04/24/07: Working With Real Estate Professionals
Q: My husband and I are in the market for our very first house. We believe that this is a good time to buy, especially when mortgage interest rates are still quite comfortable. We know that once we find a house we like, we have to enter into a real estate contract with the seller.
Who prepares this contract? What real estate professionals will we (should we) work with, and when do we get them involved in the transaction?
A: That’s an excellent question. Often, those of us in the real estate arena tend to forget that many people – especially first time home-buyers – have no real understanding of the real estate process.
There are a number of players involved in residential real estate, each of whom have different interests and take on different functions. Let’s look at this Cast of Characters:
- Seller: interested in obtaining the highest market price for the house. While some sellers may opt to try to sell their house without using a real estate agent, in most cases the seller will sign a listing agreement with a real estate brokerage company, giving the real estate broker the exclusive right to market and sell the house.
- Real Estate Broker: a broker is licensed by the State (or the District of Columbia) and is authorized to conduct the business of selling real estate – both commercial and residential. Typically, a broker will have agents working for him/her, and these agents are often the people who sit on open houses and show the seller’s property to prospective buyers.
- Real Estate Agents: agents must also be licensed to practice real estate. In most jurisdictions throughout the United States, in order to become a broker, the agent must have been licensed for a set number of years.
- Buyer: You and your wife – strangers in the complex world of real estate. All too often, buyers end up paying for everything, from the lender’s hidden extras as well as some illegal charges.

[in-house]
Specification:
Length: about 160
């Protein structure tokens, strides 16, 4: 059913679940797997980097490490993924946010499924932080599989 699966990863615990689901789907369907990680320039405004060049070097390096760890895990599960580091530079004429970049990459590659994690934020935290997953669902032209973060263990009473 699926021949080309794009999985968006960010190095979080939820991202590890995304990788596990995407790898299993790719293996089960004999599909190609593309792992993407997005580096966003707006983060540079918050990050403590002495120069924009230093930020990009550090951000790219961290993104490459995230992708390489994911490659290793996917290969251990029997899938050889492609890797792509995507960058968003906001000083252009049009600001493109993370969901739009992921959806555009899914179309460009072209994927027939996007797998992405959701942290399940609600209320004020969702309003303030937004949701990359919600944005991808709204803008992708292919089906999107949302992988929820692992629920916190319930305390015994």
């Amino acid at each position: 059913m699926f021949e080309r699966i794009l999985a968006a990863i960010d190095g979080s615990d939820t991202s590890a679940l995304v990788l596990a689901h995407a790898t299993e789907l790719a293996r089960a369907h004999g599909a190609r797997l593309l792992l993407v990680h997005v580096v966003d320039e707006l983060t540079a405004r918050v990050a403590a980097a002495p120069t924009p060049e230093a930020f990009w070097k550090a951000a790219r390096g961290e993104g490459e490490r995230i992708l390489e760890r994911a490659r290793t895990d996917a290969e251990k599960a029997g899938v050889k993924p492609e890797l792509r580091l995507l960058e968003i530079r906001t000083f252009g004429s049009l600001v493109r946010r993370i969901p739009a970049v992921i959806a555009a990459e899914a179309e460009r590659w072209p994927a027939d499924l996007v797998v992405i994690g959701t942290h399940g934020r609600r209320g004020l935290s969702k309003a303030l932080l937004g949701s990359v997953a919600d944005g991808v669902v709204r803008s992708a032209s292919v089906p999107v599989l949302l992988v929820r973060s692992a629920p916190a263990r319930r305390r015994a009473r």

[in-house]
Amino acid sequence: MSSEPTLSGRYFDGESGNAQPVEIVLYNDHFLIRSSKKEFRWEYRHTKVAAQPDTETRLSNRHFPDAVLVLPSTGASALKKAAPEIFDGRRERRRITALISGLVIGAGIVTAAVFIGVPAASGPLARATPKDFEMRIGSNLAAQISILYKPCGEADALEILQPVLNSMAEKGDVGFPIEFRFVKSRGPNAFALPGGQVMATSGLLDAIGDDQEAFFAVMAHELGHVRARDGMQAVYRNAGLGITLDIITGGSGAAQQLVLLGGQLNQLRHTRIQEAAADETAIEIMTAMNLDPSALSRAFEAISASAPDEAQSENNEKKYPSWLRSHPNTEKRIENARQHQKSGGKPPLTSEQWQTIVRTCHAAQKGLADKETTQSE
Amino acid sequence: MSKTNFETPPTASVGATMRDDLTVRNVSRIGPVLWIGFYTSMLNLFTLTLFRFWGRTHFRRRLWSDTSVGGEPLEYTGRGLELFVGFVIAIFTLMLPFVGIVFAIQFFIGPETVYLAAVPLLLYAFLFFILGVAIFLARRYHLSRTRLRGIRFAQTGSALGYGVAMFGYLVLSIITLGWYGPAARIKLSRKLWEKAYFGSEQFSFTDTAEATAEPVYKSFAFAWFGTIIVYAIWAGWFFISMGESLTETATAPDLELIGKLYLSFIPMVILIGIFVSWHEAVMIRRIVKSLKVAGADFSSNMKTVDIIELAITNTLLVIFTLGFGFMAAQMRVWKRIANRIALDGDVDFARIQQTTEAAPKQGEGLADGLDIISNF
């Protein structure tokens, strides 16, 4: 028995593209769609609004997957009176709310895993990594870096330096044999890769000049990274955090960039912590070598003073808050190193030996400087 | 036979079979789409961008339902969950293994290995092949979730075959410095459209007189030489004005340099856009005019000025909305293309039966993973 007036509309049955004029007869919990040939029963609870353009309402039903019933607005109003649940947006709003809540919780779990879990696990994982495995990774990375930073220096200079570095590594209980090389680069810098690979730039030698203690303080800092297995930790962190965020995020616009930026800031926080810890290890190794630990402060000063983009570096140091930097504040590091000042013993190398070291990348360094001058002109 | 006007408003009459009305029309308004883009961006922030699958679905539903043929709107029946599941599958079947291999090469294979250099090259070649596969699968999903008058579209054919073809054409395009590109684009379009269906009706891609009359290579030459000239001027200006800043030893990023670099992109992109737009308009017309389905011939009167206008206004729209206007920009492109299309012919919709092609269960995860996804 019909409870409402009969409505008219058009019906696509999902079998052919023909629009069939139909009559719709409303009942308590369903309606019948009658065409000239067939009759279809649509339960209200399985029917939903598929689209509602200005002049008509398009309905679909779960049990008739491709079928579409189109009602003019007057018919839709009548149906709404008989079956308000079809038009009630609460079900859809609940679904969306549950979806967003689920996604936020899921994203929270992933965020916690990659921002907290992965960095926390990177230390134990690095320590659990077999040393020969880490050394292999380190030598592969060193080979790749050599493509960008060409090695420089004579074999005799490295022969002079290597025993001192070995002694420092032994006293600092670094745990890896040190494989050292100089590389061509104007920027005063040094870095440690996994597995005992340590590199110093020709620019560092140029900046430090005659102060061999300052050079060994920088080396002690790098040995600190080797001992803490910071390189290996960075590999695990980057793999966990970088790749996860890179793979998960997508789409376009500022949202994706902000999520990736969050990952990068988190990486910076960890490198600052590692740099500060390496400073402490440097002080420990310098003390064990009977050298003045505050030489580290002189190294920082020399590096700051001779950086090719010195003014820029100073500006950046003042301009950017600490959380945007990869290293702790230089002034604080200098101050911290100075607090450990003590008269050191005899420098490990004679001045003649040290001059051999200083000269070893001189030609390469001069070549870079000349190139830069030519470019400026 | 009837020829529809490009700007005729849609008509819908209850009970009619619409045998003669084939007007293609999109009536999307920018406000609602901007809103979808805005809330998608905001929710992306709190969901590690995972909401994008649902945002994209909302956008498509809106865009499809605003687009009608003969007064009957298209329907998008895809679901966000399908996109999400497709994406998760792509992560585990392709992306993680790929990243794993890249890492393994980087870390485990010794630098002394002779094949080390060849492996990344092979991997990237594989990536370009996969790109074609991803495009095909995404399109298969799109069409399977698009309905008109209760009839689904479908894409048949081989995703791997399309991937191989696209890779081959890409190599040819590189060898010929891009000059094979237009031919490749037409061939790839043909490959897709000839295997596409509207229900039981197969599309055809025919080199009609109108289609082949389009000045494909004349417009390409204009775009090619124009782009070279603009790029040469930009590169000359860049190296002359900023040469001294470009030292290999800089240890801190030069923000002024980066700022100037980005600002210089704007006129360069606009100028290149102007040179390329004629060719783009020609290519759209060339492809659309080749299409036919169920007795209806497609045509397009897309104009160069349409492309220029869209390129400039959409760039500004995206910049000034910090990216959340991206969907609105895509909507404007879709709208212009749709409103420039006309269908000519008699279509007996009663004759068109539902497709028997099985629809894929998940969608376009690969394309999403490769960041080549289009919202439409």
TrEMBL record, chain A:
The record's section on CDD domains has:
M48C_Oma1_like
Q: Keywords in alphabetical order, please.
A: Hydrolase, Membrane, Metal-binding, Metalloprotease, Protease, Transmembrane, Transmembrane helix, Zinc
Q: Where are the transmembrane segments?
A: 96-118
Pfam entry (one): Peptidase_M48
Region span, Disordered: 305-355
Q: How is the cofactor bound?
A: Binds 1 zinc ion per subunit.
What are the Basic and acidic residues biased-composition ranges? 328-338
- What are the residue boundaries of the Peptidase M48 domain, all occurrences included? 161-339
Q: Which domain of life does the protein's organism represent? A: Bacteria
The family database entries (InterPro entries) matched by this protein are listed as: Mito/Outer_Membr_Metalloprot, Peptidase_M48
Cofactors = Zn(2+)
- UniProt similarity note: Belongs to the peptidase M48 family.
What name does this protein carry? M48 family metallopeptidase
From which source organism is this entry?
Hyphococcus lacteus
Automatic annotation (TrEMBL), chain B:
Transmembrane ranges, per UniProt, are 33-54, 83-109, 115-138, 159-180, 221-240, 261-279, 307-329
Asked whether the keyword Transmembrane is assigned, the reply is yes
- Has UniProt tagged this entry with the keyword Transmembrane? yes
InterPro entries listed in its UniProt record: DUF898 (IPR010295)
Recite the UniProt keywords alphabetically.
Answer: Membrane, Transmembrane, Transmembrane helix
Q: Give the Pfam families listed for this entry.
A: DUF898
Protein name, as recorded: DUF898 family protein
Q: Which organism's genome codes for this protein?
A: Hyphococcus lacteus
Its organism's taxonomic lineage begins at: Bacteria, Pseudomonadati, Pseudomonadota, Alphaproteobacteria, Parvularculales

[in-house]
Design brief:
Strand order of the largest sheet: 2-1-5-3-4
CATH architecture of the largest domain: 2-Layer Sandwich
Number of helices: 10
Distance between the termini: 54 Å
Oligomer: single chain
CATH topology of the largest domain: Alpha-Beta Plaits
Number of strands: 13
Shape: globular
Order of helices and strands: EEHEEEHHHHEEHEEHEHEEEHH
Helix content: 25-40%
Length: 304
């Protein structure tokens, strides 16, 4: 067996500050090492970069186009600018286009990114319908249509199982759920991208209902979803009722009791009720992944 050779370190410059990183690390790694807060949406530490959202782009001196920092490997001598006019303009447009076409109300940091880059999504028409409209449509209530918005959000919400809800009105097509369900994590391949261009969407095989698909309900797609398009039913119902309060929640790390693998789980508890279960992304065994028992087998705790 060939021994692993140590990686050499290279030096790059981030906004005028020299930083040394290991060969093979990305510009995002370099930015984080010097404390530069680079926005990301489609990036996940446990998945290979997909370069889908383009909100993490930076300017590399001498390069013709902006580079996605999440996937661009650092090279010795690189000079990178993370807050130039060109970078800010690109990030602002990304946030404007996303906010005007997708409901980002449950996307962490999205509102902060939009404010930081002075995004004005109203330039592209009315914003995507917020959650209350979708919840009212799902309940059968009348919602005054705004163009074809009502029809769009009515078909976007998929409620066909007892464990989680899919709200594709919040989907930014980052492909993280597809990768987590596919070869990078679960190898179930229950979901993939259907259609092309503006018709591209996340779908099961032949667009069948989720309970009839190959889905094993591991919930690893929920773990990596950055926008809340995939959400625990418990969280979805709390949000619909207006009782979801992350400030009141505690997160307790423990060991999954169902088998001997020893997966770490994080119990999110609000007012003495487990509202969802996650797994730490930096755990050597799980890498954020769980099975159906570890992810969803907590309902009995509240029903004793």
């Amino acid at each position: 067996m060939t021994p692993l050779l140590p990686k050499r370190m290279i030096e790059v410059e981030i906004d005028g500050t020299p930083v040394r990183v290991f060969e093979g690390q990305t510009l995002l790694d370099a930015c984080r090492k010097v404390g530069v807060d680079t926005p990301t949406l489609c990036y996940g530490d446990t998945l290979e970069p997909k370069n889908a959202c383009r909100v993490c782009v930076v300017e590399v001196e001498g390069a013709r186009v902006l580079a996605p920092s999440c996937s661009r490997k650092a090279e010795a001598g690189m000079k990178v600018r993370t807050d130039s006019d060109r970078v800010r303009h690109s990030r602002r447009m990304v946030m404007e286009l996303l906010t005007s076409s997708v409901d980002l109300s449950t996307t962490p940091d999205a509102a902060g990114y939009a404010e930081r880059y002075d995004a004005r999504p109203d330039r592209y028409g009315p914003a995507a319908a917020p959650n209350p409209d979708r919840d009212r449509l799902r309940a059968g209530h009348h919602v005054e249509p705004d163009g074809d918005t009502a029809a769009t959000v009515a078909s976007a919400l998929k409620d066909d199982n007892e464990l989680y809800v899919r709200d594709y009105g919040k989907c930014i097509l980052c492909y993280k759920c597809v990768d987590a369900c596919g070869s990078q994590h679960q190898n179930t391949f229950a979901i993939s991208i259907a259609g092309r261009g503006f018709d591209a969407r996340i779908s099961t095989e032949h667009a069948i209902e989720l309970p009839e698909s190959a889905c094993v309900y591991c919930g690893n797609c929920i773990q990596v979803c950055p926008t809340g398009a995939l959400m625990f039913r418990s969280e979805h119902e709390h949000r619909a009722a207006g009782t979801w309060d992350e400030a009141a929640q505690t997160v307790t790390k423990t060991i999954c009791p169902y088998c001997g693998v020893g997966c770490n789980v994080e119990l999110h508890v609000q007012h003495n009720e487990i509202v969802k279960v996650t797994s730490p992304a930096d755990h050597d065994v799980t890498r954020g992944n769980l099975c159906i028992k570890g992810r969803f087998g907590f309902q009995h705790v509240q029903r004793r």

- Lenders: the people who lend buyers the money to purchase their house. Lenders are concerned primarily with market rates (the technical term is “yield”). Most lenders are legitimate; however, there are predatory lenders who literally prey on unsophisticated buyers, making mortgage loans which are designed – from the very outset – to fail, thereby causing the house to be sold at a foreclosure sale. Lenders will require a buyer to sign a promissory note, and a deed of trust. The latter – which is recorded on land records in the jurisdiction where your property is located – is the security for the lender and is also referred to as a “mortgage”. When you buy your house, and get a loan, you will receive a deed to the property. You will then deed the house in trust to a trustee selected by the lender. Should you default on your loan obligations, the trustee has the legal right to sell your property at a foreclosure sale. Hopefully, you will never hear from the trustee until you have paid off your loan and will have the trust deed released from the land records.
- real estate attorney: as a buyer, you have the right to retain an attorney of your choice to represent you during the entire transaction – from contract negotiation through settlement. The involvement of attorneys varies from state to state. In some jurisdictions, the lawyer only gets involved if problems arise; in other states (such as in the Washington metropolitan area) attorneys often get retained at an early stage, usually before a contract is entered into. The lawyer will also advise the buyers as to the best way to take title. If you are single, you buy as “sole owner”. If you are married, your best approach is to take title as “tenants by the entirety”. This is the strongest form of protection; if one spouse dies, the property automatically (by operation of law and without having to go through the Probate court) vests in the surviving spouse. Additionally, if there is a court monetary judgment against only one party, the house cannot be sold to satisfy that judgment. It is to be noted, however, that several years ago, the Supreme Court allowed the IRS to break a tenants by the entirety when there was a tax lien against just one of the parties. (US v Craft, 2002).